Other than that, "bravo" in Italian is something we say often to kids for something they did well and it may not be the most appropriate way of paying a compliment to someone. Personally, if speaking directly to a music performer, I would say "complimenti" or something more complex like "La tua interpretazione mi ha molto emozionato".

share|improve this answer
“Bravo” is often used when clapping hands, and cheering, and perhaps during a standing ovation. In such circumstances saying «La tua interpretazione mi ha molto emozionato» would risk to go unnoticed. – DaG May 2 '14 at 7:33
@randomatlabuser I meant they do not declense the italian word. – Paolo May 5 '14 at 12:34
@DaG I said "if speaking directly" – Paolo May 5 '14 at 15:06

As clami219 said:

No! To speak correct and polite Italian you would have to say:

"Brava" to a single female performer,

"Bravo" to a single male performer,

"Brave" to many female performers (not even one male performer among them),

"Bravi" to many performers if there is at least one male performer among them.

I just want to add that really everyone in italy use the above, so if an italian hear a "BRAVO!" instead of "BRAVA!" immediately think to a foreign person that doesn't know the correct way to say that, and for this it's difficult to be offended for a "BRAVO!"

share|improve this answer

short answer: NO!

long answer: you should use either bravO or bravA or bravE or bravI, it depends on the gender and the number of persons:

  • single male person: bravO
  • single female person: bravA
  • many male persons: bravI
  • many female persons: bravE
  • many male and female persons: bravI
share|improve this answer

Premise: "Bravo", as an exclamation (hence indeclinable) came into use in French, English and other European languages from the (declinable) Italian adjective through the Italian Opera, since around the half of 18° century (there has been a little issue of priority about it: yet it seems the term is documented in French since 1738, while in English it dates 1761. The use in German is only documented since 1854).

In Italian , while of course "bravo" is a declinable adjective, and should be used as such, the artistic and theatre jargon may borrow, and does, the French- English term, so it is perfectly correct and polite (yet not very common) to express appreciation to a female performer yelling "bravo" , or writing it in an art review, especially in a context of classic music and opera. In this case it would be understood as a foreign term, and not Italian, though.

share|improve this answer
I never found a use of “bravo” for a female performer in Italian. Could you please provide some text where this happens? – DaG Mar 5 at 15:52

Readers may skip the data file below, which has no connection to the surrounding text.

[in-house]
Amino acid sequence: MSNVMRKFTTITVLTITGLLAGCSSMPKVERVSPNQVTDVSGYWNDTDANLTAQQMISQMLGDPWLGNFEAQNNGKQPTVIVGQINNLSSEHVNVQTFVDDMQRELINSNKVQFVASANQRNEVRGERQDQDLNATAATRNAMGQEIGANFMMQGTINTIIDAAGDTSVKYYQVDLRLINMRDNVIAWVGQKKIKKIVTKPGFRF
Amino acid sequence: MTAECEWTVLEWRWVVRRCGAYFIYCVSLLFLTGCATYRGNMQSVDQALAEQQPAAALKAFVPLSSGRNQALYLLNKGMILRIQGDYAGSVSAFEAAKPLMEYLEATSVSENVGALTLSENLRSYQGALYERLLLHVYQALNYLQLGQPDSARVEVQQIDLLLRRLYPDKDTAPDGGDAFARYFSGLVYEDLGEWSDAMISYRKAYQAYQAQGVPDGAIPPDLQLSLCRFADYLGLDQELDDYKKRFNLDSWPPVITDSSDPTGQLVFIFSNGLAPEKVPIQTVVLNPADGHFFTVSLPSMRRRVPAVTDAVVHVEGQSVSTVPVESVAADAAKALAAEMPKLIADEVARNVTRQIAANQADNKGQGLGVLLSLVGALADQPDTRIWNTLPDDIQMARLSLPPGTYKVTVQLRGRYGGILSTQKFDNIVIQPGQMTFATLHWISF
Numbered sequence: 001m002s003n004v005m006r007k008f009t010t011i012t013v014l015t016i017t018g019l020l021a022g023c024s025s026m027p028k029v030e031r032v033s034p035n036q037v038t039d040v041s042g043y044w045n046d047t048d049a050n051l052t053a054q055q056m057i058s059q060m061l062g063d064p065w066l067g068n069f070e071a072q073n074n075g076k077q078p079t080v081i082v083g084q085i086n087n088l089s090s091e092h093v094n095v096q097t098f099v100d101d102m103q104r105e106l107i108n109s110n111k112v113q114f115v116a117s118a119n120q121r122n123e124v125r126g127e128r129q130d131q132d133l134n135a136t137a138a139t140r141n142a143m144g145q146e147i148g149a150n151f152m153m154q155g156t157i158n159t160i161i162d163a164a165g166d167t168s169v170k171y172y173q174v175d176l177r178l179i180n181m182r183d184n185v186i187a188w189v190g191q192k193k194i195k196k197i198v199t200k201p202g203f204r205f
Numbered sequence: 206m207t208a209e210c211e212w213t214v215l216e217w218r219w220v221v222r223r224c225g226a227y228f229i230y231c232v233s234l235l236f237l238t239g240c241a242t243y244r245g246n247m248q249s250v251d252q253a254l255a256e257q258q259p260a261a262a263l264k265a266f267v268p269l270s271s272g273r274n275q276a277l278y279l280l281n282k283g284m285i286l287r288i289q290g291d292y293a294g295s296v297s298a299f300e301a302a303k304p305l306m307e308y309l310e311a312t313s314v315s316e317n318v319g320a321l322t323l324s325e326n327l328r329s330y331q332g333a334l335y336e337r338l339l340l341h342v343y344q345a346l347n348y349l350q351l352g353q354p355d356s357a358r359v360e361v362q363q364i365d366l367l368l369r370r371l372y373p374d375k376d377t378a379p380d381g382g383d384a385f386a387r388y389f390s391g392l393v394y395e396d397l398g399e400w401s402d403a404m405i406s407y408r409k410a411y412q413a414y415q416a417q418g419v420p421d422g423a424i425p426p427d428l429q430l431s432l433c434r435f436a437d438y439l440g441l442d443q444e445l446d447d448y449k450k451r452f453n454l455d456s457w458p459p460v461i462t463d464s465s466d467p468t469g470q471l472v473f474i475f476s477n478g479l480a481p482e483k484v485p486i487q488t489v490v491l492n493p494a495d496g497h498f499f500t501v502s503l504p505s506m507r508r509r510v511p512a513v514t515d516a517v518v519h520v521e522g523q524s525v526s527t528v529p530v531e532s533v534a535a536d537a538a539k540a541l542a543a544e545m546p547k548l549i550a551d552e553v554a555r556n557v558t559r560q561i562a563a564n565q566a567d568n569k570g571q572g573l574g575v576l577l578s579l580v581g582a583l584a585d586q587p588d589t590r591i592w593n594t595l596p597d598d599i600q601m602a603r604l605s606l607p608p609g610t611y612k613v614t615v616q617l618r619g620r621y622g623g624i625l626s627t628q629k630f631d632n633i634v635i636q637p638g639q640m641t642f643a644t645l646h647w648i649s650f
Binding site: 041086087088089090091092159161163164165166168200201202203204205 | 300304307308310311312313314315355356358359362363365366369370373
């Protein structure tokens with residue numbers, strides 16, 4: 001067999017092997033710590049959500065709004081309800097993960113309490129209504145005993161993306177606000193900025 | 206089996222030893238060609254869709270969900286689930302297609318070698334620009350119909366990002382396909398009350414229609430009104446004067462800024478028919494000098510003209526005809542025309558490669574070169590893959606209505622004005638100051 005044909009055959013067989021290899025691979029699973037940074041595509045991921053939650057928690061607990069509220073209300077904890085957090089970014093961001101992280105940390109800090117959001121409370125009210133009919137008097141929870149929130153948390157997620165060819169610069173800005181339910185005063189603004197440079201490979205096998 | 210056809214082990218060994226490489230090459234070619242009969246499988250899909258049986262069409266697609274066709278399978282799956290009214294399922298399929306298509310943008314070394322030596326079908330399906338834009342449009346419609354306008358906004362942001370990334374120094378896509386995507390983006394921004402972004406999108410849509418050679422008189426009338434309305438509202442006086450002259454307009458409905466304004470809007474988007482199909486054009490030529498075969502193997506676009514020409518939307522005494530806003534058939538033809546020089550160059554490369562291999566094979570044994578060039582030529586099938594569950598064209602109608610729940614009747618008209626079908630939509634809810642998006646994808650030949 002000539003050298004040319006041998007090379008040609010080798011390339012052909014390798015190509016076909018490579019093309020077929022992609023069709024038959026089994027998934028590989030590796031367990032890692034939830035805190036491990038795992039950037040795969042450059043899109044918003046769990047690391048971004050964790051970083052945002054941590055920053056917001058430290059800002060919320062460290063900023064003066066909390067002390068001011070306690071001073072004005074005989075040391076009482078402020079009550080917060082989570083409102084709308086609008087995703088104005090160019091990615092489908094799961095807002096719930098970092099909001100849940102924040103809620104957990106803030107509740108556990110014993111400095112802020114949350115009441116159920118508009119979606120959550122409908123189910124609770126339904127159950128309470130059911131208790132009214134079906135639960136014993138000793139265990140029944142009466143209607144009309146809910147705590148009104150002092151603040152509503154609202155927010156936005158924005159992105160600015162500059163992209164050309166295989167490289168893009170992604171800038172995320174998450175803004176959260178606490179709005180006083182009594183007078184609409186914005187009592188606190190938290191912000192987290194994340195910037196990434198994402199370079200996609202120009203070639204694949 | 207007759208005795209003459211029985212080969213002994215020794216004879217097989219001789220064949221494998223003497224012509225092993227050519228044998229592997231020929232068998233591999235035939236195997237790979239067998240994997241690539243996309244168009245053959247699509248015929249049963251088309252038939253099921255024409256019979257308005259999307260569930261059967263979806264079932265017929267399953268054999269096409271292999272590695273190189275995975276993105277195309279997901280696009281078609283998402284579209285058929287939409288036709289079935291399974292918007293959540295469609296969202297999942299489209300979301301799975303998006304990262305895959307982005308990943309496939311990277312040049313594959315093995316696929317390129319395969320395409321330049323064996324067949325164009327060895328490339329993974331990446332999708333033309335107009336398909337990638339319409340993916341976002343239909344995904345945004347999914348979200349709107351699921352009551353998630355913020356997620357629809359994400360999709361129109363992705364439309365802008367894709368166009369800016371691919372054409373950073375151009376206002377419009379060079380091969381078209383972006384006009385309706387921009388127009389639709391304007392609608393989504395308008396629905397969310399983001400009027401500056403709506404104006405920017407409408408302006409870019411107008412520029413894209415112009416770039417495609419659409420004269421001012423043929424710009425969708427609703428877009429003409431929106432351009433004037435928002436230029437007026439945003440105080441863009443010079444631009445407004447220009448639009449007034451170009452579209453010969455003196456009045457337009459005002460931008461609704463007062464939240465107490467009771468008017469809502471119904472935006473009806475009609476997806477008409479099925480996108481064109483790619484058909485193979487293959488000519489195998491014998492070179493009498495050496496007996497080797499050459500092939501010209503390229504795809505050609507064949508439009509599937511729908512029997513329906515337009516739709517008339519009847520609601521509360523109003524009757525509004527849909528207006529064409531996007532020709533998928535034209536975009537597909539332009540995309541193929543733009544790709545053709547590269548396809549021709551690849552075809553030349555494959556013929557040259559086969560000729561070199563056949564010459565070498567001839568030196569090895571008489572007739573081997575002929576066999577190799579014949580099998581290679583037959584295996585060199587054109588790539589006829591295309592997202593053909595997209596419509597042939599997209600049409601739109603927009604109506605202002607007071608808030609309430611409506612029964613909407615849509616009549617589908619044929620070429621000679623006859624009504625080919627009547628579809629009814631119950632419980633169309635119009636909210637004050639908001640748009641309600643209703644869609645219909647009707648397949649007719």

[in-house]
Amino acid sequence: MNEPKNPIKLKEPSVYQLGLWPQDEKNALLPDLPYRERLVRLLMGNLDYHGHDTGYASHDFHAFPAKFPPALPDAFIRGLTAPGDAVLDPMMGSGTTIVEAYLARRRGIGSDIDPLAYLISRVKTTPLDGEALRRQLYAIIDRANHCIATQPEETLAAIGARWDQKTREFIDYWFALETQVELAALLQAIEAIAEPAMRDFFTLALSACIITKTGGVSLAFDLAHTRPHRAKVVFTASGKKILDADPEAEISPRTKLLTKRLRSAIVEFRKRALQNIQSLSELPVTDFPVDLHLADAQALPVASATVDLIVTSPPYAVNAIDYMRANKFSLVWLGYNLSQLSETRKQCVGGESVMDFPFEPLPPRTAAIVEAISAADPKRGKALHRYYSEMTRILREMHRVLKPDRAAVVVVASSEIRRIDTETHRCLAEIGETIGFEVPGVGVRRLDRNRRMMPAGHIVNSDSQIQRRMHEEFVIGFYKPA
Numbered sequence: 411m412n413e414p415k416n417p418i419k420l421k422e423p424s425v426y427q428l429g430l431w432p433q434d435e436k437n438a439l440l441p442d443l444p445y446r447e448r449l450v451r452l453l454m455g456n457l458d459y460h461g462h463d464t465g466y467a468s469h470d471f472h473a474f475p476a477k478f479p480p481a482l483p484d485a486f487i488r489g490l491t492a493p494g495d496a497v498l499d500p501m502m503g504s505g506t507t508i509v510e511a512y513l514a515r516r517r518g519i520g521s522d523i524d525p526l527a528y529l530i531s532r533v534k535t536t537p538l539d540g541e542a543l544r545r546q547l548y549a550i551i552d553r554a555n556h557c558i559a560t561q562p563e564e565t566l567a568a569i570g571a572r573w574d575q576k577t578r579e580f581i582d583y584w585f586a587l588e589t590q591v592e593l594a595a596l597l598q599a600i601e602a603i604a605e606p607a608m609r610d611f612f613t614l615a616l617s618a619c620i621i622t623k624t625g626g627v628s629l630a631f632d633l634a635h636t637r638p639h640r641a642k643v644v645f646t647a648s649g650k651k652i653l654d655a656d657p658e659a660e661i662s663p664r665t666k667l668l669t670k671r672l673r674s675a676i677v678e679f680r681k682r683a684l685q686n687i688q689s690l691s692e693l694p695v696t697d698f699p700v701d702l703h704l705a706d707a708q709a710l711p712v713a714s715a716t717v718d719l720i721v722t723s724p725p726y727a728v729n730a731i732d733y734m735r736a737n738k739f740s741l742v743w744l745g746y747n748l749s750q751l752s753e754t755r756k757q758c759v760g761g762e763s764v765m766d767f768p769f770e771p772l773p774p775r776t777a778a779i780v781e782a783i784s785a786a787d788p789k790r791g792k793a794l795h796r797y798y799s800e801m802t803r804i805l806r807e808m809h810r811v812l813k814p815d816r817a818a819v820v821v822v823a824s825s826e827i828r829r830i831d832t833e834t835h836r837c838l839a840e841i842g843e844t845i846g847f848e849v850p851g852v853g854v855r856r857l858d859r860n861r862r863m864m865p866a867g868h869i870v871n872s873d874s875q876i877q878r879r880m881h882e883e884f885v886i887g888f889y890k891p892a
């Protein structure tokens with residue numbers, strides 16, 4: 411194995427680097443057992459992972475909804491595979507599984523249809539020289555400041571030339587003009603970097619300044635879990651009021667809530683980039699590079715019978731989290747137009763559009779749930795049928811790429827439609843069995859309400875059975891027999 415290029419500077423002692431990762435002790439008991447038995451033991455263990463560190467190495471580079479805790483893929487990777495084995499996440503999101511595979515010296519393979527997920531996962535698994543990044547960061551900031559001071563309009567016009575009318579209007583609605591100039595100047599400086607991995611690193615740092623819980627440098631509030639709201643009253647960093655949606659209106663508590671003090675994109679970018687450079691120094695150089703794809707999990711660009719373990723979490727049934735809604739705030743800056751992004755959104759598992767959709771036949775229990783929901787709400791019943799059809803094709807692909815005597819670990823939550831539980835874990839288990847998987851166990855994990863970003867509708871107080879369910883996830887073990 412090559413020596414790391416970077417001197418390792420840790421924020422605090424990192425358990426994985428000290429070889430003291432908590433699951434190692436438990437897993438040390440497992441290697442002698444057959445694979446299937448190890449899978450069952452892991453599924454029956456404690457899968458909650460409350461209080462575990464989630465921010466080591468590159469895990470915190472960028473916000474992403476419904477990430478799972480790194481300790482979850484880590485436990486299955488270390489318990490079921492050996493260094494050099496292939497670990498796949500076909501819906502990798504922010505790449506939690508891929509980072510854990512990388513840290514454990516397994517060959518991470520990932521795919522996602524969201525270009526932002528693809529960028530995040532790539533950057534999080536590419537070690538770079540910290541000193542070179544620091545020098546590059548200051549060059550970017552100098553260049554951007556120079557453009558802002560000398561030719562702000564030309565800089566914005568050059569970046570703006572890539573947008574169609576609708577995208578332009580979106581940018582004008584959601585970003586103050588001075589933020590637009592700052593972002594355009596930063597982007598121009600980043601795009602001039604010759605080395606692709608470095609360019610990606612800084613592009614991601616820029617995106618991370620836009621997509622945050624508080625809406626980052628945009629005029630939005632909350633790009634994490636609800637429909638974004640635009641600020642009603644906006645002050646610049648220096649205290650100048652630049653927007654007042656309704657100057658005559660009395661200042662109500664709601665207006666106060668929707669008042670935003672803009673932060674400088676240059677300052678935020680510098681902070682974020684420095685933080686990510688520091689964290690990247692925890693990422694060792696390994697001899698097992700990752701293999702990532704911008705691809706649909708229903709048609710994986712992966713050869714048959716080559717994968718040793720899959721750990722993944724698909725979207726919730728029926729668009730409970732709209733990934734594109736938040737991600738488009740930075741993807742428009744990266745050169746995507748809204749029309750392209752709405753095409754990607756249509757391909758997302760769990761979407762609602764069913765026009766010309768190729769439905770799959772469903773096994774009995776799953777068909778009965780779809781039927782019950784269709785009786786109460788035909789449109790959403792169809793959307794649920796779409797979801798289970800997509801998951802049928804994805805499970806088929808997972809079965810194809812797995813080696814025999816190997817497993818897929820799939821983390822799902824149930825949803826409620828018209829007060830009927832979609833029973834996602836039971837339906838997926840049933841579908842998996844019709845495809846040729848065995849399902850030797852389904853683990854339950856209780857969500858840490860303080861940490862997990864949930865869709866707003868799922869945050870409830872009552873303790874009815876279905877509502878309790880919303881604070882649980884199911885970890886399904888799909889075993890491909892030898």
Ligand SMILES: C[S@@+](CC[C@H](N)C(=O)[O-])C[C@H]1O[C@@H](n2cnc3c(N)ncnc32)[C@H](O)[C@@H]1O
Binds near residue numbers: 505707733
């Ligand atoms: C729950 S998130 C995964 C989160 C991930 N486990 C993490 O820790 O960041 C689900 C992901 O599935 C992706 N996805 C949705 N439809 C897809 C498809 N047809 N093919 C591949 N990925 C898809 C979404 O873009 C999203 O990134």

As I said, the exclamation "bravo" can be used and understood in the proper context in Italy as it is, namely an international term of appreciation and admiration, both in written and spoken language. Already googling between quotation marks "un bravo alla" (alle /agli /ai /per la /per le /per i) will provide some hundreds of examples of this use in Italian. – Pietro Majer Mar 5 at 16:48
Oh, I see what you mean in the written case (“un bravo a XXX”), but I still find it quite funny that an Italian would shout “bravo” to, say, Angela Hewitt. – DaG Mar 6 at 16:58
Maybe... Actually what is really funny is this controversy ;) – Pietro Majer Mar 6 at 17:54
Indeed... Bravo to us, if we amused someone. :-) – DaG Mar 6 at 18:15

Can you say bravo to a female performer? Yes.

Should you say bravo to a female performer? No. As you observed, it might be perceived as queer or even mocking/disrespectful, even if non-native speakers can get a free pass.

The correct form in Italian is "brava" ("brave" for a plurality of females, "bravo" for a male, "bravi" for the mixed case).

That said, when you say bravo to a female performer, this may fall in two categories:

  • you are clearly an Italian, or can be mistaken for Italian, i.e., it will be expected of you that you use the proper Italian form - which you didn't. People will either re-evaluate you as non-Italian and point out to you with a smile that you should have said brava, assume that you're using the English invariant form (see below) and say nothing, or politely rebuke you by congratulating for your otherwise flawless Italian (it might also be a genuine congratulation, though); or they will assume that you're mocking the performer or accusing her of something (in this case, however farfetched, it might be of being a closed lesbian, of taking male hormones - it may happen at a sporting event -, or even to be a transvestite).
  • you are clearly not an Italian: your appearance, accent, or context (e.g. in a group of English persons) shows that Italian is not your native language. In that case, intelligent people will assume that you're using the English term 'bravo', which while borrowed from Italian, is invariant. This will be even more apparent if there's more than one performer, so that 'bravo' matches neither sex nor number. There's still a risk of some slow-witted person not 'getting it', but then it will be more clearly his fault.

Since you do know the difference, I'd go for the Italian correct form in all cases. At worst, some non-Italian speaker will politely enquire on why you don't say bravo, and you will be able to educate him at no loss for you, and some gain for him.

share|improve this answer

Your Answer


By posting your answer, you agree to the privacy policy and terms of service.

Not the answer you're looking for? Browse other questions tagged or ask your own question.